Inside look on Special Education

Shaun Salehi, Photography Editor

Students walk by the classes every day. However they usually aren’t paying any attention to them. If they do, they generally just think, “That’s where the kids with intellectual disabilities learn how to read, write, and count money.” That is part of it, however there is a lot more going on in those classrooms that most students are unaware of. Abigail Schaaf is an English teacher in the Special Education program at the school.

“We currently have twenty-seven students enrolled in our program. Each of them has four core classes where we actually have to teach them SOL curriculum only theirs is adapted to be easier for them to comprehend,” Schaaf said.

It is Schaaf’s second year as a Special Education English teacher at the school.

“I love working here; we have such a great program and it offers a lot more then what you would find at other schools with other programs,” Schaff said. “For example, our students actually have a high school schedule; they have periods and go to different classrooms just like everyone else. Other schools generally keep them in one classroom for all of their classes.”  Schaff said.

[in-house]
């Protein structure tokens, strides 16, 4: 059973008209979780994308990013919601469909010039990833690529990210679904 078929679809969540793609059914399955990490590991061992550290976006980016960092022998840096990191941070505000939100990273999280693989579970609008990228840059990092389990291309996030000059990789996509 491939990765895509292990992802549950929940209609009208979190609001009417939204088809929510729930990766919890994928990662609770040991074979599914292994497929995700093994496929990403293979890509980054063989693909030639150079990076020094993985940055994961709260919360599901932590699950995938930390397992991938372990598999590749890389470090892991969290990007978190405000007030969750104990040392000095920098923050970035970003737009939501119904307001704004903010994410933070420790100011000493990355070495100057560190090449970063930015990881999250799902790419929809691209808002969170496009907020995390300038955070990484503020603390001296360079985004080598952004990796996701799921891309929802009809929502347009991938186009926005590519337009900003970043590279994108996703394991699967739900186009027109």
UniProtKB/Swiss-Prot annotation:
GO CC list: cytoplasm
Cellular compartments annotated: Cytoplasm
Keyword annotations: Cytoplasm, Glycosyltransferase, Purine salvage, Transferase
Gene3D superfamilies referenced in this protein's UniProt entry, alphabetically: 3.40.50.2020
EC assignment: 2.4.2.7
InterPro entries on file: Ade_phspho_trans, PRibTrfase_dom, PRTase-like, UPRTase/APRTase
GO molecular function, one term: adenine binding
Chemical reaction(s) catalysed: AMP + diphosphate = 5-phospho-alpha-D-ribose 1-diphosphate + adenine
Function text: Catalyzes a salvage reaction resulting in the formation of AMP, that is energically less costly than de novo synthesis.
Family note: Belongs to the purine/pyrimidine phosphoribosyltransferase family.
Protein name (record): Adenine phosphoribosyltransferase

The school also provides students an opportunity to learn how to succeed in their futures in the Work Awareness and Transition program or (WAT). Most students know this classroom as the balloon room.

“WAT is a great program for the students because they don’t just learn how to be in a workplace; they actually go to different businesses around throughout the community and get the learning experience that will benefit them the most.”, Schaaf said.

In all, more goes on in those classrooms then what most students think, and perhaps the general population will think differently when the take a look inside the Special Education Department.